This scattering was to be our goodbye. I knew in my heart, somehow, it wasn't mine. Not yet.
When I saw his ashes, I couldn't believe how they looked like sand. Sand in an hourglass, bleached white; I'd been prepared for them to resemble the remains of a fire. It was surreal, seeing him reduced to nothing more than what fit in a modest plastic bag, to hold him in my hands, to feel him slip away.
I took a portion of him home, in the beautiful ceramic urn I bought a month after he died, at Saturday Market in Portland. It's sat empty for all these years on my wooden chest, waiting to hold him. Waiting, for who knows what.
* * * * *
I will forever remember him in a handful of cashews.
Buried in the chest of artifacts of Papa is a plastic bag of cashews nearly seven years old. I brought it home from Guatemala, from the peddler shuffling the streets of Panajachel along Lake Atitlan. He approached our table, four of us girls, as we sat dining outside with our cheap wine and flan, hauling his sacks of roasted nuts to sell. I answered him quickly, as I'd grown accustomed to doing, "No gracias, Señor."
He didn't press us further, didn't hardly seem to register us, as if he were suspended between one world and another, then turned and walked away.
Papa had been less than two months dead. He hadn't yet shown up in my dreams, but I caught my first glimpse of him sitting on the steps of an open shop at the end of this day. Wearing a familiar tattered green sweatshirt, white socks, black shoes, sacks of roasted nuts at his feet. This memory of him is a watermarked photograph, singed around the edges.
We passed him by as the darkness spread through streets, hurrying back to our hotel. And he, wearing the weight of the day, of life, of dejection, of who knows what, on his shoulders, sunk into me.
I turned back to him with haunted eyes, this ghost of my Papa in the flesh of a Guatemalan man on the steps.
His name was Fransisco.
This time I really looked at him, looked at the lines on his face and deep into those weary eyes with cracks of light filtering through. I looked until my soul broke through its windows, spilling down my cheeks. Until I had to turn away. But not before I bought a handful of cashews with the remainder of my coins from the day and we locked eyes for a moment, and he smiled, faint and piercing, into my pain.
Back at our hotel, I excused myself and disappeared in the dark lobby, pressed into a corner, doubled over in waves. A flash flood of grief and questions.
* * * * *
It's not normal, I think, to catch his reflection, like a peek of his nose or bat of his eye, a swath of his skin, in such unlikely places. In such unlikely people. Because it's troubled me. Since that day of meeting Fransisco, I've only ever seen Papa in the faces of homeless men. Impoverished men. Men bent over, hidden in quiet masks of sadness. This is not how I wish to remember him.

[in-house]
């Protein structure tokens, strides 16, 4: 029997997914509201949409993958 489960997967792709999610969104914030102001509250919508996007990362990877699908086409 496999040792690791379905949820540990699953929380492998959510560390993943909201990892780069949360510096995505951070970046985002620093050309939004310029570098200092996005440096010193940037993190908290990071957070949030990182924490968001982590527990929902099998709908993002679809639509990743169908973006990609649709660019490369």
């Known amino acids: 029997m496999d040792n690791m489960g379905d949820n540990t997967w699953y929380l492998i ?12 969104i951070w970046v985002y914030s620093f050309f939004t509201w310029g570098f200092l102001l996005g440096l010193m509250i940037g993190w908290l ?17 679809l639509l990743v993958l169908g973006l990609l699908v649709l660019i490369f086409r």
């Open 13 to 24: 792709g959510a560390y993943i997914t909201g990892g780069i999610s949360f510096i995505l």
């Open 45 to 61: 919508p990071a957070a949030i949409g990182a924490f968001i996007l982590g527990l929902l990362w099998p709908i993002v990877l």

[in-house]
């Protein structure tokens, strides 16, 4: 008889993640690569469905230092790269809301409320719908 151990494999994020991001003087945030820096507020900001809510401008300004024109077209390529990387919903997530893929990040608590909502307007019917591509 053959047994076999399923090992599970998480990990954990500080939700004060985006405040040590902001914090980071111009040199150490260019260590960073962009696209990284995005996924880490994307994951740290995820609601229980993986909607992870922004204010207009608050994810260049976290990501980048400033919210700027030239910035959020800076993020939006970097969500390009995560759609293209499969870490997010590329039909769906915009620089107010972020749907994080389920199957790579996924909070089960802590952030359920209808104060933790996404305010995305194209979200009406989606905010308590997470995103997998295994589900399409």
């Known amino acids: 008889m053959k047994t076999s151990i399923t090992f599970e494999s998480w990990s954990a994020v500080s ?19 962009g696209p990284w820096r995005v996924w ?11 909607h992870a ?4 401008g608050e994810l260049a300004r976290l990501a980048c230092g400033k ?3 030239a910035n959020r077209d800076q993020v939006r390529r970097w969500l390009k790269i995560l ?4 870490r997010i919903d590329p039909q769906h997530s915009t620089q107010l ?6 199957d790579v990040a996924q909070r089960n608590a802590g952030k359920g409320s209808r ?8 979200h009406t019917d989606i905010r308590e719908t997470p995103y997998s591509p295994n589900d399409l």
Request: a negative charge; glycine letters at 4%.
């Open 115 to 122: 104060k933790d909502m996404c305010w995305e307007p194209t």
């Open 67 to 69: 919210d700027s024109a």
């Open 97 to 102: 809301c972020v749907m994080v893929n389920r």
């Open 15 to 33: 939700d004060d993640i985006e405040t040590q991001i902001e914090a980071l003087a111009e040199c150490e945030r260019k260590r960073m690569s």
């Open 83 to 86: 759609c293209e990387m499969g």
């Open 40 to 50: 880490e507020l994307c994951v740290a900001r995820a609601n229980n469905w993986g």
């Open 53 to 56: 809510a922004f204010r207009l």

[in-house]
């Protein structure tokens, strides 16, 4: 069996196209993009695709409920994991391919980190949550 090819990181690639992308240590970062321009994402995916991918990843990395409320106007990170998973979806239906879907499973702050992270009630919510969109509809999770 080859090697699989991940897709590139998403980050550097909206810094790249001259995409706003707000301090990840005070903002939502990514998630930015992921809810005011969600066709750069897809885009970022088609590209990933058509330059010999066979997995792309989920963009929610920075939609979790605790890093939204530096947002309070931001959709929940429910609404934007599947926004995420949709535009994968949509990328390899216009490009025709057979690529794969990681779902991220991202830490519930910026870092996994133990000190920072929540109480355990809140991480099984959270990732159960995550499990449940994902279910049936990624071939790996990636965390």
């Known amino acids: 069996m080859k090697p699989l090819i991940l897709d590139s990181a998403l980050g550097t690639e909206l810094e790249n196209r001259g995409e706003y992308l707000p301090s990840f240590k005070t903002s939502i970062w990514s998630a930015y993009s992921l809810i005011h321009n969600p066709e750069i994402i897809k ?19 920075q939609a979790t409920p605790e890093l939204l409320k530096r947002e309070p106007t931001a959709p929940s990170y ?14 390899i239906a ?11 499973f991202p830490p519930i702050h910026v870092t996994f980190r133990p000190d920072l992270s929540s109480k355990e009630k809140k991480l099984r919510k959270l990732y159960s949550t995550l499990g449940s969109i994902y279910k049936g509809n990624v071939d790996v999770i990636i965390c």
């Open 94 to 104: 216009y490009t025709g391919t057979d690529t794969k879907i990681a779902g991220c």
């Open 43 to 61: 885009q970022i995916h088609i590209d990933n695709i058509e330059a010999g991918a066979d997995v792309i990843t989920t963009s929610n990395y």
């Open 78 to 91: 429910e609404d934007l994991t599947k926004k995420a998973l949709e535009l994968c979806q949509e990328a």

But while the Papa of my childhood is fuzzy and nostalgic, endearing and hauntingly distant, the Papa of my adolescence and young adulthood is mangled, crushed in spirit, an ache in my gut. He is a storm battered ship, leaning into the wind, even as the hull is cracking. He is a set of blank journals, like those left behind by her mother in Terry Tempest Williams' When women were birds, speaking volumes and mysteries in the absence of words. This is how he's come to me. As if I've been entreated by the grief he left behind - his lonely ache, his unfinished dreams, his hopes deferred, his unspeakable pain - to see what he bore. To bear witness. To lay his pain to rest, as we have his ashes, save for the ceramic urn of what remains of him on my wooden chest.
I didn't know all these years, the depths of layers of grief. How his grief has haunted me in a cast of many faces. And I've searched to see him, to listen to these faces, to let go, as ash in the wind.
* * * * *
Seven years of sands have slipped through the glass.
And now I see, as I write this story, that these words are his ashes, scattered again and again. Through seven years of grieving and storytelling, digging deep, exposing layer after layer, slowly mending. This is my long goodbye.
I've written this story of the cashews twice before, and with each telling, I release him to the wind, to the sea, to the earth, to the heavens. Until today, when I do what I wish I would have done at the coast with his ashes, now with my words: I build a sandcastle, dig a moat, lay his remains in the trenches, watch the word-ashes carried slowly out to sea.
He must be at rest now, no longer haunted or haunting, no longer entreating me to listen. There is no grave, no grave marker, but this moment. I've born witness here, it says. Now, rest in peace, sweet Papa.
I will always love you. And my heart concurs, It is enough.